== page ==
Trump's FCC chief Ajit Pai would kill net neutrality. That'd be a disaster for me and you.
Ajit Pai, the senior Republican on the Federal Communications Commission, has been appointed FCC chairman under President Donald Trump. Pai replaces Democrat Tom Wheeler, who resigned last month after serving as chairman for three years.
"I am deeply grateful to the president of the United States for designating me the 34th chairman of the Federal Communications Commission," Pai said in a statement. "I look forward to working with the new administration, my colleagues at the commission, members of Congress and the American public to bring the benefits of the digital age to all Americans."
During his time as a commissioner, Pai has held strong views opposing net neutrality — the principle that internet service providers should give consumers equal access to all legal content and applications without favoring or blocking particular sources — leaving advocates of an open internet concerned about the future.
Under the Obama administration, the FCC reclassified broadband internet as a common carrier under Title II of the Communications Act. Common carriers cannot "make any unjust or unreasonable discrimination in charges, practices, classifications, regulations, facilities or services," the Daily Dot reported. This means ISPs cannot interfere with the internet and its legal content transmission.
Pai opposed this change and even wrote a 67-page dissent statement. Now, after Trump's election, Pai has shared his goals for Title II under the new administration.
"On the day that the Title II [net neutrality] order was adopted, I said that 'I don't know whether this plan will be vacated by a court, reversed by Congress or overturned by a future commission,'" Pai said in a speech before the Free State Foundation in Washington, D.C. "'But I do believe that its days are numbered.' Today, I am more confident than ever that this prediction will come true. And I'm hopeful that beginning next year, our general regulatory approach will be a more sober one that is guided by evidence, sound economic analysis and a good dose of humility."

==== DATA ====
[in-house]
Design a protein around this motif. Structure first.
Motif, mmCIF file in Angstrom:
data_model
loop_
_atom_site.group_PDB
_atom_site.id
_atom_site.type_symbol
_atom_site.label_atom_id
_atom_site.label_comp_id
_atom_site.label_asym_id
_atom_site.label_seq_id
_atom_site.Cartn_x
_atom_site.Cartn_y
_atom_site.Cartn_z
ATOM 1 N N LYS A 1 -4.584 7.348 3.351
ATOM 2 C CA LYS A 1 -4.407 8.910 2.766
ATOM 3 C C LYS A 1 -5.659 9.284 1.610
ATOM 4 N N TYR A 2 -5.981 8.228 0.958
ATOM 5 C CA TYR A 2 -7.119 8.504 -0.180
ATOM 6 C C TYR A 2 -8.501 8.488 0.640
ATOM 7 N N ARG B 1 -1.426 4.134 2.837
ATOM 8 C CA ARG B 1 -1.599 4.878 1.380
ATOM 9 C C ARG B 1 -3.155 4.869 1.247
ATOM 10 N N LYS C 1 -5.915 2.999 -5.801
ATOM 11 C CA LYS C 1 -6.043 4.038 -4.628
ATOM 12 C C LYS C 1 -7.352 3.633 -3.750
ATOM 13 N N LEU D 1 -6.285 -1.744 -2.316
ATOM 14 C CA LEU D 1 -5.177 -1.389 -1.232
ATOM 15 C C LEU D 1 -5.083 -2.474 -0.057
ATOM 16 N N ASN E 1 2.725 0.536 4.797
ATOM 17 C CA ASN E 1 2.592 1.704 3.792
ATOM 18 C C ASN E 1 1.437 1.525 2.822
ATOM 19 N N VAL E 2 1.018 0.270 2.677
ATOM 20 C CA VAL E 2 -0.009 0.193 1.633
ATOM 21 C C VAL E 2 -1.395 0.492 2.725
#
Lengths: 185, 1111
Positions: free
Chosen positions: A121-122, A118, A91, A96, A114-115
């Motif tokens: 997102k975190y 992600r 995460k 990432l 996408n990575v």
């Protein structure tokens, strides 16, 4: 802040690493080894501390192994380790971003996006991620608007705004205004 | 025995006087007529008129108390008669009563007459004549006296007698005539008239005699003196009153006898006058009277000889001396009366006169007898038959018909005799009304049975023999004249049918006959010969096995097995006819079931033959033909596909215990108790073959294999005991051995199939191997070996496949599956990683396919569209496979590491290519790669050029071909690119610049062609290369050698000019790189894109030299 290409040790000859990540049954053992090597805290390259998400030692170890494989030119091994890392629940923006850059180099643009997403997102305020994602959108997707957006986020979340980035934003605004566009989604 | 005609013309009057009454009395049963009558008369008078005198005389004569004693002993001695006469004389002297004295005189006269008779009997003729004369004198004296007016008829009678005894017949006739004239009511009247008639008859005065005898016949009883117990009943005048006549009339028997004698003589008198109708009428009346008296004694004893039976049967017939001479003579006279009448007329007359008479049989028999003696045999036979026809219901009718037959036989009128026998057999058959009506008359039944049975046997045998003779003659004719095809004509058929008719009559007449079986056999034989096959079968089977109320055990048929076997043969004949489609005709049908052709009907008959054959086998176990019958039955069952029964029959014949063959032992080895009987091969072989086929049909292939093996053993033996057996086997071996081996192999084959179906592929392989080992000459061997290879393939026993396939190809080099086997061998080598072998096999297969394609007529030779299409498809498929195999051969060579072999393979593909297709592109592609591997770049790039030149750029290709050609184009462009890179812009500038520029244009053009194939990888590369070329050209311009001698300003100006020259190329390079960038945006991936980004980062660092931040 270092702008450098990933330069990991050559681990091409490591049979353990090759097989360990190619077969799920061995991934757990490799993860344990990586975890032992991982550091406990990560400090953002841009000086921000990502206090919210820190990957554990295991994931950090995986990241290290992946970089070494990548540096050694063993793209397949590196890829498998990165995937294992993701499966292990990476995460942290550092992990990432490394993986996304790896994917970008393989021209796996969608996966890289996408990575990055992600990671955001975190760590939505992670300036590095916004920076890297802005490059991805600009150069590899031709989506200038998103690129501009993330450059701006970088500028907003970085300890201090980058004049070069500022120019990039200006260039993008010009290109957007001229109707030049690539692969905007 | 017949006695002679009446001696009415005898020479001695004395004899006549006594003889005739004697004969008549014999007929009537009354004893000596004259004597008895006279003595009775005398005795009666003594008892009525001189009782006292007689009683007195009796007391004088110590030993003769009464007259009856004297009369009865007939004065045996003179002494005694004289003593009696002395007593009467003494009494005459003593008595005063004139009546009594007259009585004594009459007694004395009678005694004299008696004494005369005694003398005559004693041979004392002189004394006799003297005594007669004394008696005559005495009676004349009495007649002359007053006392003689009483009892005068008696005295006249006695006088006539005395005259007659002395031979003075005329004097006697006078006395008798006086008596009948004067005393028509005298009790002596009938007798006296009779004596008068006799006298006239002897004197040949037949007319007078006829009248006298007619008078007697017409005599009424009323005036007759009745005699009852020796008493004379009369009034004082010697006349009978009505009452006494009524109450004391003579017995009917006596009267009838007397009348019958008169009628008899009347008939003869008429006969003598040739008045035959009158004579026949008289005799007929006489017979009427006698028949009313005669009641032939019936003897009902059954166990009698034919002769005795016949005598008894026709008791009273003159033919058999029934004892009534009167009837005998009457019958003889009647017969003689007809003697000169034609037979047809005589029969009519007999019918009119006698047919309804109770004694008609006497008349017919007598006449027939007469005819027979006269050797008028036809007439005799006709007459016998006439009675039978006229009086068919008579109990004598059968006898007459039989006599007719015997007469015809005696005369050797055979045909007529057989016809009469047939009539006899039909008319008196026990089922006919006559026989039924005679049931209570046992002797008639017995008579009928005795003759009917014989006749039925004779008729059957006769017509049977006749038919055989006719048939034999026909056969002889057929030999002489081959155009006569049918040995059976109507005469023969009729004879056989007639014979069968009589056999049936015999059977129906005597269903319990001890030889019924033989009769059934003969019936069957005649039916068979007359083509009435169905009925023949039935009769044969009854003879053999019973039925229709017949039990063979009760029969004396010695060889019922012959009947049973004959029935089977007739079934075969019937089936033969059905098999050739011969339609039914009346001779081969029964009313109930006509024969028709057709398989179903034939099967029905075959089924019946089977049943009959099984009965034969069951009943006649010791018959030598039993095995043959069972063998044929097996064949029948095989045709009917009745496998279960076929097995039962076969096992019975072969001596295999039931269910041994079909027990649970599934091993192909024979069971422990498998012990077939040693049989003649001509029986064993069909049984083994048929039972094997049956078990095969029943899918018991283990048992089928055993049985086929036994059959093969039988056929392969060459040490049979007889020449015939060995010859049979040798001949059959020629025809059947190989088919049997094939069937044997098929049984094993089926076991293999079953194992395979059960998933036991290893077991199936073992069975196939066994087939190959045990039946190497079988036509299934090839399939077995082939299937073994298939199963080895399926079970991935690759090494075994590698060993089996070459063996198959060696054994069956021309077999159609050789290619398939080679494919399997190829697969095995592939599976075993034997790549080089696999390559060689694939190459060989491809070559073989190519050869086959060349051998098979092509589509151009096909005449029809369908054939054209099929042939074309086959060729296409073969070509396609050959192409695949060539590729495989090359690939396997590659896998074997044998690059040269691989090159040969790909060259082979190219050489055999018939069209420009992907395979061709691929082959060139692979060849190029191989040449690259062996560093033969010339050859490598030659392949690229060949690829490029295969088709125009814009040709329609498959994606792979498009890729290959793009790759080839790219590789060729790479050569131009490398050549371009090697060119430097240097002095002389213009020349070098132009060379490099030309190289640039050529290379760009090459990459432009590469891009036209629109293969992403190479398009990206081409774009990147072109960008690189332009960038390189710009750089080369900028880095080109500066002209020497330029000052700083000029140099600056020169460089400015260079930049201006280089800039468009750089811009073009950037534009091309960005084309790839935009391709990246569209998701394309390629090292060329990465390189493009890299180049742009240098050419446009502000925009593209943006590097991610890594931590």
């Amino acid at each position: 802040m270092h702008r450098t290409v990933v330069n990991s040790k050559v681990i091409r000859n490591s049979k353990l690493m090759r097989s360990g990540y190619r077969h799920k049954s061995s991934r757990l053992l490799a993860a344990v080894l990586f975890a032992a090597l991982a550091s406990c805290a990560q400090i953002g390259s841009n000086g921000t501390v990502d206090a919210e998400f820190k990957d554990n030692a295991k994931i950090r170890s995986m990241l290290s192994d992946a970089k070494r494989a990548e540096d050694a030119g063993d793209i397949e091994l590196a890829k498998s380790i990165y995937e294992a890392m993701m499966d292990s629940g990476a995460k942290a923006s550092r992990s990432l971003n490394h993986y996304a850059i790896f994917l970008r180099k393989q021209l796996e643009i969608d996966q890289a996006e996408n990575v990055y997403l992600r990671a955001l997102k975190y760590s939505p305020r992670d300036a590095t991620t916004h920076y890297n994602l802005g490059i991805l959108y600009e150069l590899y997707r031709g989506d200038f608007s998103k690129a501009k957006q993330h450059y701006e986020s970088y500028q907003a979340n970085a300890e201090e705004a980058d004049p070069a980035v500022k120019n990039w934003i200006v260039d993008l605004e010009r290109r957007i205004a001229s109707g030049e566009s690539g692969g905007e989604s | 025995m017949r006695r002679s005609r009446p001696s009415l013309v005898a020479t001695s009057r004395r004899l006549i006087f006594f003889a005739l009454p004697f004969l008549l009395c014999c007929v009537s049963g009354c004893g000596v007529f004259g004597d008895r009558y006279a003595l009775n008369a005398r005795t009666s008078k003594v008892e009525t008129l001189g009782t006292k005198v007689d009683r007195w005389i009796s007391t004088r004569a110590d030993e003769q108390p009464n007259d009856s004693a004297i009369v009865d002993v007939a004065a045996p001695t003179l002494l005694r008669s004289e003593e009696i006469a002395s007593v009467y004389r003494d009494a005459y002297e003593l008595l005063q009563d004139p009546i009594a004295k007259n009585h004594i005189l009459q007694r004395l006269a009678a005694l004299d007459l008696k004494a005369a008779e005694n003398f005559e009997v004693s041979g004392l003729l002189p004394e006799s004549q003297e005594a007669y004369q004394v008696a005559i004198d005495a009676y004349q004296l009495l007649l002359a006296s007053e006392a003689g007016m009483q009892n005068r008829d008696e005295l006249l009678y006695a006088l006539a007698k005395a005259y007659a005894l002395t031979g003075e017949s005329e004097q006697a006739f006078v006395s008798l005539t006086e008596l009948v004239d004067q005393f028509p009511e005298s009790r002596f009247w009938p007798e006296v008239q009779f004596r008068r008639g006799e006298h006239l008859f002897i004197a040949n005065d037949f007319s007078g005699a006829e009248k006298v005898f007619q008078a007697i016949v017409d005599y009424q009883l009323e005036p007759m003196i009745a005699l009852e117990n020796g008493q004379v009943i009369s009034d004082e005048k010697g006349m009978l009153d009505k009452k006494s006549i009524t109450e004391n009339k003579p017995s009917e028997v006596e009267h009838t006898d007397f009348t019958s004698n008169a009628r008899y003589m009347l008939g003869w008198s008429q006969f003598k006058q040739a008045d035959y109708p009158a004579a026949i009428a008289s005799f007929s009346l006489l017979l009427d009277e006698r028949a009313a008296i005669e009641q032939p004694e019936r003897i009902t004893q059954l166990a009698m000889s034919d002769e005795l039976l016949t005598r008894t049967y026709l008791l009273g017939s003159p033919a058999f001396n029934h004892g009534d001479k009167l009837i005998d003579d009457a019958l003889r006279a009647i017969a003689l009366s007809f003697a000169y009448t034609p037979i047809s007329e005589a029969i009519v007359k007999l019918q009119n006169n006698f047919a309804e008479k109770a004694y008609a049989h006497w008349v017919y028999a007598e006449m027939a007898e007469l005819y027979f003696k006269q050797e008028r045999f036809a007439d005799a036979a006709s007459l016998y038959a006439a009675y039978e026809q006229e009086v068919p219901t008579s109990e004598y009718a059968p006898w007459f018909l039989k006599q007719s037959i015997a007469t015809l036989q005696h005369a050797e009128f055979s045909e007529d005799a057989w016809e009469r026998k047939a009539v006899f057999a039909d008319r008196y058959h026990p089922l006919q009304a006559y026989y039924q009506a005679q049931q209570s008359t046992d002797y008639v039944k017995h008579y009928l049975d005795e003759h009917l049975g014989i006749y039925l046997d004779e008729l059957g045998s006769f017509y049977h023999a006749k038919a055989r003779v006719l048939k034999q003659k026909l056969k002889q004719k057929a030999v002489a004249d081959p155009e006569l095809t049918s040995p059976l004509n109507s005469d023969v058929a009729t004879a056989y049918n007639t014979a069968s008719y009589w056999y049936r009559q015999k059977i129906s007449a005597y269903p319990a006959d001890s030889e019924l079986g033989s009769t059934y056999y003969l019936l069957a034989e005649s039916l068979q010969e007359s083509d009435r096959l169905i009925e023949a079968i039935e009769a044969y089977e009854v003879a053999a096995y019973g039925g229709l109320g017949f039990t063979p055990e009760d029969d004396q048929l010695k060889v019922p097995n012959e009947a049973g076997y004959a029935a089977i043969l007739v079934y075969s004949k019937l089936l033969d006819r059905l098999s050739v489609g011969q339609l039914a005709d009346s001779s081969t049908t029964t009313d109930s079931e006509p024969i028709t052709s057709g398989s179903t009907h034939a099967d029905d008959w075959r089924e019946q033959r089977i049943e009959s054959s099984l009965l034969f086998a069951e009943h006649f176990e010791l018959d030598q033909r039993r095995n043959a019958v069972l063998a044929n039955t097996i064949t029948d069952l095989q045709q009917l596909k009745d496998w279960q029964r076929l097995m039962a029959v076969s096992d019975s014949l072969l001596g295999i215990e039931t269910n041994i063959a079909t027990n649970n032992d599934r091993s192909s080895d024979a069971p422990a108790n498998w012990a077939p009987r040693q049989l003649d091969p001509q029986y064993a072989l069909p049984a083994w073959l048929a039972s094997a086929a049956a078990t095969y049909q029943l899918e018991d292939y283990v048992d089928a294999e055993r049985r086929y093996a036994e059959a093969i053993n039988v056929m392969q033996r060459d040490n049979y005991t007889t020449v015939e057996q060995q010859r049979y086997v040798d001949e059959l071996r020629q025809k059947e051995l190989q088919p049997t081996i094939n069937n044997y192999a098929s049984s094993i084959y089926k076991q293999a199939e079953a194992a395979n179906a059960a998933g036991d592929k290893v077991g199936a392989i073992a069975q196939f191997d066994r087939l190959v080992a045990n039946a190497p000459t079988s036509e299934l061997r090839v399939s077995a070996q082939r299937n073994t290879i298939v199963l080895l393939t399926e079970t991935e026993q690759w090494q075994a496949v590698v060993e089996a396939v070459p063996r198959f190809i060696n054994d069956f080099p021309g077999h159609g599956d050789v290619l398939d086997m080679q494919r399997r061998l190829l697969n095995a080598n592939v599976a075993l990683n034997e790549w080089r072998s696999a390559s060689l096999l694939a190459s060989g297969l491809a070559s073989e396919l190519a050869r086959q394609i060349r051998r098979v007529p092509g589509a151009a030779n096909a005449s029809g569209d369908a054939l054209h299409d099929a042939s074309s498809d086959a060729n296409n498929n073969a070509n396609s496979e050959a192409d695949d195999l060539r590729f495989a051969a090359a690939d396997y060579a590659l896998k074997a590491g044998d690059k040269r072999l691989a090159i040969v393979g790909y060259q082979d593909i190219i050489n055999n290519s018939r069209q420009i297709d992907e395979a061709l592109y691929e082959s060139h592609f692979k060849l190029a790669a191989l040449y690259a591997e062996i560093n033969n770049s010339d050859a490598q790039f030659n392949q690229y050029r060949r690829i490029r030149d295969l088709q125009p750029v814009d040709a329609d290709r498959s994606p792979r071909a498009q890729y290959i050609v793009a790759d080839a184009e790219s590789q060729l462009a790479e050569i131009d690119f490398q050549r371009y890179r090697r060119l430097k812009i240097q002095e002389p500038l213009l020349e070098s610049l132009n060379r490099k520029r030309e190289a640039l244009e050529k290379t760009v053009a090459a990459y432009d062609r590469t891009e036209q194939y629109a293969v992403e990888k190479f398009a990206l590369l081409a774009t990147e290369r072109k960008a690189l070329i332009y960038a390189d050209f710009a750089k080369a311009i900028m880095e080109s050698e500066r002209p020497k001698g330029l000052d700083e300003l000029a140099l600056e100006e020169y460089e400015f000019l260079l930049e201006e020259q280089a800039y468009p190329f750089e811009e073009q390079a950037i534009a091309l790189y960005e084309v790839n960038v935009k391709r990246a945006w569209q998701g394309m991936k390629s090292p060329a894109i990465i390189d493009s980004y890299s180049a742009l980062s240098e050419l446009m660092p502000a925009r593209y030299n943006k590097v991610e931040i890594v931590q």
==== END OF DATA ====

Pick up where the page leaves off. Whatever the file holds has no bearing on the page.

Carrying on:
Those opposed to net neutrality (like cable and telecommunications companies) argue that it's a solution looking for a problem. In his aforementioned speech, Pai claimed "there was no evidence of systemic failure in the internet marketplace" and that Title II's reclassification of broadband internet was "a solution that wouldn't work for a problem that didn't exist." Those in favor of net neutrality make the case that an open internet guarantees paid prioritization will not be an issue and that ISPs cannot throttle or block sources.
By revoking the changes made to net neutrality, the "no blocking, no throttling, no paid prioritization" ruling is eliminated. This means companies could, in theory, block certain content, slow down a user's web experience and offer faster speeds to those willing to pay more. For example, Netflix could hypothetically pay to have its content stream faster than a competitor's. (Note: Netflix is an advocate of net neutrality.)
Pai has been an FCC commissioner since 2012, after receiving a nomination from then-President Barack Obama and being confirmed by the Senate. That said, being appointed by Obama does not mean he shares the same progressive views as the former president. The Verge reported it is "tradition" to give two of the five seats to a minority party, and Pai's nomination came under the recommendation of Republican Majority Leader Mitch McConnell. Under Trump's appointment, Pai will serve as chairman and will need to be reconfirmed by the Senate to serve another five-year term.